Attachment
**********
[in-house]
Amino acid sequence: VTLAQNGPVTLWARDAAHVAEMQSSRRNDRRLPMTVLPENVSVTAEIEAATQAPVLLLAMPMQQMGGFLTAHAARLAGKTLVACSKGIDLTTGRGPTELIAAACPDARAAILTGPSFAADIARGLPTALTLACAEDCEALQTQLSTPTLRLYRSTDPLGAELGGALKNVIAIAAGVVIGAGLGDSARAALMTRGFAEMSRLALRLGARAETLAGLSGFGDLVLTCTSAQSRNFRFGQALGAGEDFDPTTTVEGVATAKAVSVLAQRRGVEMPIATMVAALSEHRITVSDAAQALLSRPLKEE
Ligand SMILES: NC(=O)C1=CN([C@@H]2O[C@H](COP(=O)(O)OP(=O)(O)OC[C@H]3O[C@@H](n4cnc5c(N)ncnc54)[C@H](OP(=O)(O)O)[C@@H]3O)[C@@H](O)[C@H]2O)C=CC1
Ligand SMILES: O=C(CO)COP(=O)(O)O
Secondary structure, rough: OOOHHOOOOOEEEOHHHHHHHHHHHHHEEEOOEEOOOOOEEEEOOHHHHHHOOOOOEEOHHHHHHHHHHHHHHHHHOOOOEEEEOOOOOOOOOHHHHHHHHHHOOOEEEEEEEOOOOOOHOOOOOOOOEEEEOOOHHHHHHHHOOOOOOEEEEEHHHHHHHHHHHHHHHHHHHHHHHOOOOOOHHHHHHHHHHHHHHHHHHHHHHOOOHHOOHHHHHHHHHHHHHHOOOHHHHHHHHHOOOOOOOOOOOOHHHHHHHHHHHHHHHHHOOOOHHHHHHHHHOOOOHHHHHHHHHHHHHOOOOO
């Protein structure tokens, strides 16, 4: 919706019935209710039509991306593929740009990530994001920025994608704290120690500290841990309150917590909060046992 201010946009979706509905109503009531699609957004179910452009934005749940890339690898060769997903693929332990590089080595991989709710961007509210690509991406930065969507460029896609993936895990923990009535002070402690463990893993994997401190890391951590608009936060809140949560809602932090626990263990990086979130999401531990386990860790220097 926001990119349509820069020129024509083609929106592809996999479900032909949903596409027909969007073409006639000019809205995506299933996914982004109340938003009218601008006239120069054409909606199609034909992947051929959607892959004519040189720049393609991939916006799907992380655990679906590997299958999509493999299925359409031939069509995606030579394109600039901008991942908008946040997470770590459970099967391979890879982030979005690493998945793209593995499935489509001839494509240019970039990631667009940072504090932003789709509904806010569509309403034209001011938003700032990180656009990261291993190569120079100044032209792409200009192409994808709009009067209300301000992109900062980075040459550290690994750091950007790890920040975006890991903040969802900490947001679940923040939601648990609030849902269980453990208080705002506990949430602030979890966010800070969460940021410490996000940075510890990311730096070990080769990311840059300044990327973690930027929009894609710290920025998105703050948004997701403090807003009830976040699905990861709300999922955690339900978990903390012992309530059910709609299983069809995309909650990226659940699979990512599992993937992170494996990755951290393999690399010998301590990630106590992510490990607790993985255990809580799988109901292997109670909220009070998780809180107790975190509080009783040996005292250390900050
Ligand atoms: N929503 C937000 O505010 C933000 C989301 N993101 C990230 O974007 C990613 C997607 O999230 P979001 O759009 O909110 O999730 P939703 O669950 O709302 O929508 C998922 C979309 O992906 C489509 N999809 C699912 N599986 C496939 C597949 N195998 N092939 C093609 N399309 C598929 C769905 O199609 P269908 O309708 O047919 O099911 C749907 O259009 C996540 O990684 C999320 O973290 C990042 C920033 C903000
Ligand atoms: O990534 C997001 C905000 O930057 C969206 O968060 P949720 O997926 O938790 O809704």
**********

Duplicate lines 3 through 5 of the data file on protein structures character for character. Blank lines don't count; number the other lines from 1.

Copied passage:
Ligand SMILES: NC(=O)C1=CN([C@@H]2O[C@H](COP(=O)(O)OP(=O)(O)OC[C@H]3O[C@@H](n4cnc5c(N)ncnc54)[C@H](OP(=O)(O)O)[C@@H]3O)[C@@H](O)[C@H]2O)C=CC1
Ligand SMILES: O=C(CO)COP(=O)(O)O
Secondary structure, rough: OOOHHOOOOOEEEOHHHHHHHHHHHHHEEEOOEEOOOOOEEEEOOHHHHHHOOOOOEEOHHHHHHHHHHHHHHHHHOOOOEEEEOOOOOOOOOHHHHHHHHHHOOOEEEEEEEOOOOOOHOOOOOOOOEEEEOOOHHHHHHHHOOOOOOEEEEEHHHHHHHHHHHHHHHHHHHHHHHOOOOOOHHHHHHHHHHHHHHHHHHHHHHOOOHHOOHHHHHHHHHHHHHHOOOHHHHHHHHHOOOOOOOOOOOOHHHHHHHHHHHHHHHHHOOOOHHHHHHHHHOOOOHHHHHHHHHHHHHOOOOO